He was immediately assigned several cases, which took him as far north as Alaska, for the Treadwell mine, and as far south as Mexico City.[1]:16-17[2]:79 He began operating undercover, a relatively new technique at the time, and infiltrated gangs of robbers and rustlers, making more than 100 arrests.[7]

In the early 1890s he found himself assigned to office work in the Denver office of the agency, work which he greatly despised. During that time, he worked with noted Pinkerton agent, gunman and later assassin Tom Horn. He greatly admired Horn's talents and skills in tracking down suspects, but reflected later that Horn had a dark side that could easily be accessed when need be.

In Feb. 1891, assuming the name of Charles T. Leon, Siringo undertook a 6 month investigation for New Mexico Governor L. Bradford Prince. Siringo was tasked with investigating the attempted assassination of Elias S. Stover, Thomas B. Catron, T.B. Mills and Joseph Anchete. Siringo was able to infiltrate the Las Gorras Blancas and Knights of Labor, while understanding their relationship with the Santa Fe Ring. The investigation was called off before Siringo could gather enough evidence to definitively state who was behind the shooting. Siringo did however, purchase 265 acres near Santa Fe, New Mexico, and established his Sunny Slope Ranch. Located north of Arroyo Chamiso, Sirongo built a two room adobe home, with a view of the Sangre de Cristo Mountains.[1]:25-32[2]:48-55,58-59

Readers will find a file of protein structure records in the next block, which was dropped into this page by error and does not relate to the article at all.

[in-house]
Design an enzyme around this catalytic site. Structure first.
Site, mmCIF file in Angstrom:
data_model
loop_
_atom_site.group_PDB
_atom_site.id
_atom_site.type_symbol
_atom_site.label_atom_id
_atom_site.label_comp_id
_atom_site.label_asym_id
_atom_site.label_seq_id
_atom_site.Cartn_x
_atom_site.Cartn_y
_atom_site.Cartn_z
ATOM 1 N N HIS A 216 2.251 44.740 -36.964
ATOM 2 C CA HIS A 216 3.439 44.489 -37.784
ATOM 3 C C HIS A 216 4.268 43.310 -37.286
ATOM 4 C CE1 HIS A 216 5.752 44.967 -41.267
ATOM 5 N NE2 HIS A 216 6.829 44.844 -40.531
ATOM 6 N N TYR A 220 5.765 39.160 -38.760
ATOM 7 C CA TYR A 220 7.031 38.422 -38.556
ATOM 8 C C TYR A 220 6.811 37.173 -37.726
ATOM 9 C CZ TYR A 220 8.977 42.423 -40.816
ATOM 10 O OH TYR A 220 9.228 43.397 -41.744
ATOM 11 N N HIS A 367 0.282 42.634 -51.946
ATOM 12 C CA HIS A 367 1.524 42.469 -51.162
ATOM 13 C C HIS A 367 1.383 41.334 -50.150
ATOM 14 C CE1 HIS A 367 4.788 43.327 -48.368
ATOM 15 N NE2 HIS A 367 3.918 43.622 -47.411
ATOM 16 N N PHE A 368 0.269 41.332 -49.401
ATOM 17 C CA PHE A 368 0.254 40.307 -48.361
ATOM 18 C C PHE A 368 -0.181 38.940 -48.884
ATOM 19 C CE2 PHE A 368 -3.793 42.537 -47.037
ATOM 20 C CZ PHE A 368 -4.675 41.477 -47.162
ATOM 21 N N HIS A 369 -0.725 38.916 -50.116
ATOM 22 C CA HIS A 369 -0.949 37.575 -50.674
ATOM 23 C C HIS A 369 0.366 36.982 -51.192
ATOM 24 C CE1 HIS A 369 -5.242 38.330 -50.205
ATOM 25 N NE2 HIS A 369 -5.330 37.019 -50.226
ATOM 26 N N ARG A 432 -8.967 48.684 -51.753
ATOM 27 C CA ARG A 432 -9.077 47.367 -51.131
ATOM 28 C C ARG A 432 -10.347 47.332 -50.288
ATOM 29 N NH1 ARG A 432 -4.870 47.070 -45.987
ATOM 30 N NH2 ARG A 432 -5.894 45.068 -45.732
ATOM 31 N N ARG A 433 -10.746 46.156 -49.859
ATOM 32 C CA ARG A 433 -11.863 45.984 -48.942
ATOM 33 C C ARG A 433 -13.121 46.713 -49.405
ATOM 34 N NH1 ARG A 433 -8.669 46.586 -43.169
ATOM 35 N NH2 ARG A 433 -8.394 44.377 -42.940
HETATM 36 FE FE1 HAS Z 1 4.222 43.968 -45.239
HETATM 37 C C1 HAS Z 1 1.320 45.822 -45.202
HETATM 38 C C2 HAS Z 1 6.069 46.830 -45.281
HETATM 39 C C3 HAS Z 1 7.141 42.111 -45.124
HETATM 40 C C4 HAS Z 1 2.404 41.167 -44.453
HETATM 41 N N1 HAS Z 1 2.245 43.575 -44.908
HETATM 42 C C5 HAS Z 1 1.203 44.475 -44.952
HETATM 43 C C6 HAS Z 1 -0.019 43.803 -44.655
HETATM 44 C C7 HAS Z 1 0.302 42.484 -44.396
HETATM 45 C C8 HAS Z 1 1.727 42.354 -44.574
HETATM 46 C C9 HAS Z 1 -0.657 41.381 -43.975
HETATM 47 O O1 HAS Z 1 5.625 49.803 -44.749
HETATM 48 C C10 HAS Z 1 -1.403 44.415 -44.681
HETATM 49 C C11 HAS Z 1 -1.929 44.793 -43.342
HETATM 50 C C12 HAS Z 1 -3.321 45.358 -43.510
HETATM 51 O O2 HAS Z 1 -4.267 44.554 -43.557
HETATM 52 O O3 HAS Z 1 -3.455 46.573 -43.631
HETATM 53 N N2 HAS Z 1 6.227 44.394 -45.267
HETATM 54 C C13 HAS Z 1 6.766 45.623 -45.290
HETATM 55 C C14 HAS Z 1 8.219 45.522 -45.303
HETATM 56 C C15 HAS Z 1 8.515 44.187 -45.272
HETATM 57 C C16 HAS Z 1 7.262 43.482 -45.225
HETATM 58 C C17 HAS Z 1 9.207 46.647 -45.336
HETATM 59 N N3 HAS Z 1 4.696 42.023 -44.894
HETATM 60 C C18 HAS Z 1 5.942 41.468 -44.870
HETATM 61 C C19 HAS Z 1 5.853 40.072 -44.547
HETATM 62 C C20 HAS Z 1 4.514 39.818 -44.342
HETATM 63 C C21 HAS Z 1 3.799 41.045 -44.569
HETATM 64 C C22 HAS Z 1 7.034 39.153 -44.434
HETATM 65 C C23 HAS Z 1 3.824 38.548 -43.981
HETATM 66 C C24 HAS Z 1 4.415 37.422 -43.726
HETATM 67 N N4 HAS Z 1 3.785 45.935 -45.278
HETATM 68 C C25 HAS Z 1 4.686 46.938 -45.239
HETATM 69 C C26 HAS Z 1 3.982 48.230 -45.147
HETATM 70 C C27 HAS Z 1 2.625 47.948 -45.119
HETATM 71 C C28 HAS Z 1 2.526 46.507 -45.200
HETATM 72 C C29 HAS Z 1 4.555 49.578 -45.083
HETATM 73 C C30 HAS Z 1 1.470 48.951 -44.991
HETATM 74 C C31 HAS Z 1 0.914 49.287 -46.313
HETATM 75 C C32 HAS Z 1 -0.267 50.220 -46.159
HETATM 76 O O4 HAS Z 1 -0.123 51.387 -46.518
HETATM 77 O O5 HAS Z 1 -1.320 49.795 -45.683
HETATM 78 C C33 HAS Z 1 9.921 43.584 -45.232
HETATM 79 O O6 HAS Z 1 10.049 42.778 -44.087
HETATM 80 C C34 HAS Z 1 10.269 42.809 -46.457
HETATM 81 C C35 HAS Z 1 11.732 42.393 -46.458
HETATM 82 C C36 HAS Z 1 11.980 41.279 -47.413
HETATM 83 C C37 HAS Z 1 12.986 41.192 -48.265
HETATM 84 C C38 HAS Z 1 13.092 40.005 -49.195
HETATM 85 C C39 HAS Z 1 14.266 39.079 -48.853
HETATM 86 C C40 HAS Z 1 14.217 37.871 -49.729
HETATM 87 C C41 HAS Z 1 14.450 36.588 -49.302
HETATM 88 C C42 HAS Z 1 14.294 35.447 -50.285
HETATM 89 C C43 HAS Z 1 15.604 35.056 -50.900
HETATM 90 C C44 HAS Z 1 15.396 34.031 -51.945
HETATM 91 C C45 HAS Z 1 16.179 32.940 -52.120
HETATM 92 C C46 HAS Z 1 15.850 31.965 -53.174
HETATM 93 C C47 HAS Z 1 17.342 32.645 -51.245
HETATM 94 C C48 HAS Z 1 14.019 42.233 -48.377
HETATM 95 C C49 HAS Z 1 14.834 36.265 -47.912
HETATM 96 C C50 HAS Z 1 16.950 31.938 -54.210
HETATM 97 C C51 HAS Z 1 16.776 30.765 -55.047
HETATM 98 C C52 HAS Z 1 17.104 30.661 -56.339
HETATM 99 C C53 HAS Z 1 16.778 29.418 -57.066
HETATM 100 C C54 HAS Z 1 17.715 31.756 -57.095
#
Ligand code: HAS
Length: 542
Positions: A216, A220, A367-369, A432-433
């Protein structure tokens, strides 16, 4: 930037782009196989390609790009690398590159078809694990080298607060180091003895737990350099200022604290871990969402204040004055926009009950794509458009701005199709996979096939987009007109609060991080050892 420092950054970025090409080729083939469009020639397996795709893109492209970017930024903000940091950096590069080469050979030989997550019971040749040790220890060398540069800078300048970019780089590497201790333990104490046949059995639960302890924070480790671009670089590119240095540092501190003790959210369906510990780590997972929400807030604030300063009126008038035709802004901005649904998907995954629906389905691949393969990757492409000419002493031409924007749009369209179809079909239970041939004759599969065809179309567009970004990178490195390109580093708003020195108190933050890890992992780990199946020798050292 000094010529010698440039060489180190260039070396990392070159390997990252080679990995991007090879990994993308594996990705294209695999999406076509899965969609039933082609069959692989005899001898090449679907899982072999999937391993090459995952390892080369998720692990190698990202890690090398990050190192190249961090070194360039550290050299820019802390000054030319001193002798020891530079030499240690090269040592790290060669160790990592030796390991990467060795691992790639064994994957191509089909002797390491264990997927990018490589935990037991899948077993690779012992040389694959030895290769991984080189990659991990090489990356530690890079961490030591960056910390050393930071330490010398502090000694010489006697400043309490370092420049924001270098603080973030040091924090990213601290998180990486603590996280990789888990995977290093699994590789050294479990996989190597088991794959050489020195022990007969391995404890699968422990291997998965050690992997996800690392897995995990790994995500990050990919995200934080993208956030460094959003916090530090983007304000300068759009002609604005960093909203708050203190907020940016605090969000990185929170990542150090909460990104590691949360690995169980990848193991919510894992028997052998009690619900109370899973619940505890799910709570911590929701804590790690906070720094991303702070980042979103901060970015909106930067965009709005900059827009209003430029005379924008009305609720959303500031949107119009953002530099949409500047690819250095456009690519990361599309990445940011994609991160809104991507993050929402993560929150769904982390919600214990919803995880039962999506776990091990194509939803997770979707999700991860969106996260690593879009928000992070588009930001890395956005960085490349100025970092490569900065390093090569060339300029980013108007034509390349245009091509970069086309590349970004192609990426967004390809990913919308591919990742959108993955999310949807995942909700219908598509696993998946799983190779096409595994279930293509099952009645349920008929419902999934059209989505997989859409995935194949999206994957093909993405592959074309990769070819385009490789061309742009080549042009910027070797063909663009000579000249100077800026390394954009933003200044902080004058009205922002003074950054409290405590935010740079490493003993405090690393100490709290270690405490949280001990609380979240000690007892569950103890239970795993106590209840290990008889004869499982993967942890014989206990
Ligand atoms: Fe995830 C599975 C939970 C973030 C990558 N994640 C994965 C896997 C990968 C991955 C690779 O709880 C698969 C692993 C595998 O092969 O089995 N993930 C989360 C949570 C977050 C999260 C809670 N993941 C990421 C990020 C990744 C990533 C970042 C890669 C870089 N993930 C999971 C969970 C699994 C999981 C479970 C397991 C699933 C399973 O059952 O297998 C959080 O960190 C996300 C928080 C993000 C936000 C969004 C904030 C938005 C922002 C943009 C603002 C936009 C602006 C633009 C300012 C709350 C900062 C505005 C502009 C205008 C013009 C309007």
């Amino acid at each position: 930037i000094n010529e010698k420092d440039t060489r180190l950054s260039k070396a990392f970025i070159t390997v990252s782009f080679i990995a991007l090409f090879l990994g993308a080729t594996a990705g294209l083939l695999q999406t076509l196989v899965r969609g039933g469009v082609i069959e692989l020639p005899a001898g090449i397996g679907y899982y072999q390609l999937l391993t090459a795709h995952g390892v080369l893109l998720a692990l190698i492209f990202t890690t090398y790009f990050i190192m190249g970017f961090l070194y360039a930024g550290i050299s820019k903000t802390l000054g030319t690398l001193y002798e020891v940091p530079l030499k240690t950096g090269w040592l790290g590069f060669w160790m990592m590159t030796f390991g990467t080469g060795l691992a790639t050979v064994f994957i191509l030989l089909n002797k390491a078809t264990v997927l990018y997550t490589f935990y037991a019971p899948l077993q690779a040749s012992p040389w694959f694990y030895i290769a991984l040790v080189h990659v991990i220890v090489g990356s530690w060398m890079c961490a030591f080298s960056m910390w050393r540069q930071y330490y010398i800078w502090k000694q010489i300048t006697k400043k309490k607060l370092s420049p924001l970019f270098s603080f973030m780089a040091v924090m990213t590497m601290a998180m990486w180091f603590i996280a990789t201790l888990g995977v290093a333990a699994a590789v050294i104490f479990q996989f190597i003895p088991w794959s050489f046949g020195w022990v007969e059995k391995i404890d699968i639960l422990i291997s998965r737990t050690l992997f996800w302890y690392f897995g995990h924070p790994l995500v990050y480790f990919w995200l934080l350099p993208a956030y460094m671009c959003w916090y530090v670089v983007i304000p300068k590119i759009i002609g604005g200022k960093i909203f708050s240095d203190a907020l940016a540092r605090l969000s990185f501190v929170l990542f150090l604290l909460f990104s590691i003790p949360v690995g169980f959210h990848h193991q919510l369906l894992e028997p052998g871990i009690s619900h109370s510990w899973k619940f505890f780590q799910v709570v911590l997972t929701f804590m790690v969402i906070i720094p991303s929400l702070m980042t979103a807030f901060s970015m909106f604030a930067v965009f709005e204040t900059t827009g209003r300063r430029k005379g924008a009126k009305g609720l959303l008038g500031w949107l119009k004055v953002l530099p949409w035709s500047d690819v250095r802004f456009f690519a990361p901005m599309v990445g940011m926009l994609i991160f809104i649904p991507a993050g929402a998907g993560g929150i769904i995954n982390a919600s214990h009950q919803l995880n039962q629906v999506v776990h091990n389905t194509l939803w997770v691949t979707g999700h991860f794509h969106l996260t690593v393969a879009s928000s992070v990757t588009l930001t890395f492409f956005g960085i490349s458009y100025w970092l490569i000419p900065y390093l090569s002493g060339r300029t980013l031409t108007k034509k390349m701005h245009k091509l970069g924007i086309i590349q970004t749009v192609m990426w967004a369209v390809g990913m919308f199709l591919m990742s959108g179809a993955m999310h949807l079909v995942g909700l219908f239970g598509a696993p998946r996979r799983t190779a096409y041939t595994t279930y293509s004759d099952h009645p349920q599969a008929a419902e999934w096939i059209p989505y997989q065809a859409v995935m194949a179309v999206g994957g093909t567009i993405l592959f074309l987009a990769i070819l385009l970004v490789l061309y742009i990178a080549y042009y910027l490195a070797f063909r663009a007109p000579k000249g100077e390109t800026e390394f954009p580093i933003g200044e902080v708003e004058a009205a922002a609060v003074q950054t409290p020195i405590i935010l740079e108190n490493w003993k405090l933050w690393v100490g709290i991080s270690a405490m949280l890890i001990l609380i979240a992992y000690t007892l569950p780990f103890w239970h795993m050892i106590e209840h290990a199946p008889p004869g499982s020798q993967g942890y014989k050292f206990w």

In 1892, Siringo was assigned to a case in the Idaho Panhandle Silver Valley, for the Mine Owners' Protective Association. He assumed the identity of Charles Leon Allison, working as a shoveler in the Gem Mine. Siringo at first turned down the assignment, telling his boss, James McParland, that he sympathized with the union miners. McParland later asked him to go anyway, with the agreement that Siringo could leave if he still felt the same way after seeing the situation. Siringo infiltrated the Gem Miners' Union, and decided that the leadership was in the hands of anarchists such as George Pettibone.[8] After 1 year and 2 months, which included the Coeur d'Alene, Idaho labor strike of 1892, Siringo's undercover work and testimony helped convict 18 union leaders.[1]:33-46[2]:55-76

Siringo married Lillie Thomas in 1893, and their son William Lee Roy was born in 1896. However, they soon divorced, when she wanted to live in Los Angeles, California.[1]:48,55